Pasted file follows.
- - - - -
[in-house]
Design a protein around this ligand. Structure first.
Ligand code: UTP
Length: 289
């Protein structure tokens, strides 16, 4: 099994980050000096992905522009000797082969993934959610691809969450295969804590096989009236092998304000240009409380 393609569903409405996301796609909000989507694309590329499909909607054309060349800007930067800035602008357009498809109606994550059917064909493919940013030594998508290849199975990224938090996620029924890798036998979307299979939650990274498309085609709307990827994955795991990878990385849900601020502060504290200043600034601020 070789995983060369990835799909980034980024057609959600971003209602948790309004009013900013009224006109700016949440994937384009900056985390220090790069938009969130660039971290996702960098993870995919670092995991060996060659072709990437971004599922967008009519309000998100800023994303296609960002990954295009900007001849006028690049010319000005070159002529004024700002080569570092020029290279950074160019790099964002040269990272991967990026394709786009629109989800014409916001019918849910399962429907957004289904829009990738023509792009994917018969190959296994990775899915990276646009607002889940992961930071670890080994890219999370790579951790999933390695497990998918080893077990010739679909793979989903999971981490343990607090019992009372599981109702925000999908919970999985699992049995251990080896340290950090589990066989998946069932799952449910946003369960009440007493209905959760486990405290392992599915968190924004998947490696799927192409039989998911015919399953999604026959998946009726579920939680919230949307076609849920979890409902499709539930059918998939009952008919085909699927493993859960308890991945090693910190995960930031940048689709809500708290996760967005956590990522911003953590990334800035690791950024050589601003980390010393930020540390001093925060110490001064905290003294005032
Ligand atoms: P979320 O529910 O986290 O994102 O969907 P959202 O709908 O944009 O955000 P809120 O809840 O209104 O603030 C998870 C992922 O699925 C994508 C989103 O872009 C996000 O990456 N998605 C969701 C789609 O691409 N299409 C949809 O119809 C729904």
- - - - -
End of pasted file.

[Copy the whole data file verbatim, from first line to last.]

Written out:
[in-house]
Design a protein around this ligand. Structure first.
Ligand code: UTP
Length: 289
């Protein structure tokens, strides 16, 4: 099994980050000096992905522009000797082969993934959610691809969450295969804590096989009236092998304000240009409380 393609569903409405996301796609909000989507694309590329499909909607054309060349800007930067800035602008357009498809109606994550059917064909493919940013030594998508290849199975990224938090996620029924890798036998979307299979939650990274498309085609709307990827994955795991990878990385849900601020502060504290200043600034601020 070789995983060369990835799909980034980024057609959600971003209602948790309004009013900013009224006109700016949440994937384009900056985390220090790069938009969130660039971290996702960098993870995919670092995991060996060659072709990437971004599922967008009519309000998100800023994303296609960002990954295009900007001849006028690049010319000005070159002529004024700002080569570092020029290279950074160019790099964002040269990272991967990026394709786009629109989800014409916001019918849910399962429907957004289904829009990738023509792009994917018969190959296994990775899915990276646009607002889940992961930071670890080994890219999370790579951790999933390695497990998918080893077990010739679909793979989903999971981490343990607090019992009372599981109702925000999908919970999985699992049995251990080896340290950090589990066989998946069932799952449910946003369960009440007493209905959760486990405290392992599915968190924004998947490696799927192409039989998911015919399953999604026959998946009726579920939680919230949307076609849920979890409902499709539930059918998939009952008919085909699927493993859960308890991945090693910190995960930031940048689709809500708290996760967005956590990522911003953590990334800035690791950024050589601003980390010393930020540390001093925060110490001064905290003294005032
Ligand atoms: P979320 O529910 O986290 O994102 O969907 P959202 O709908 O944009 O955000 P809120 O809840 O209104 O603030 C998870 C992922 O699925 C994508 C989103 O872009 C996000 O990456 N998605 C969701 C789609 O691409 N299409 C949809 O119809 C729904």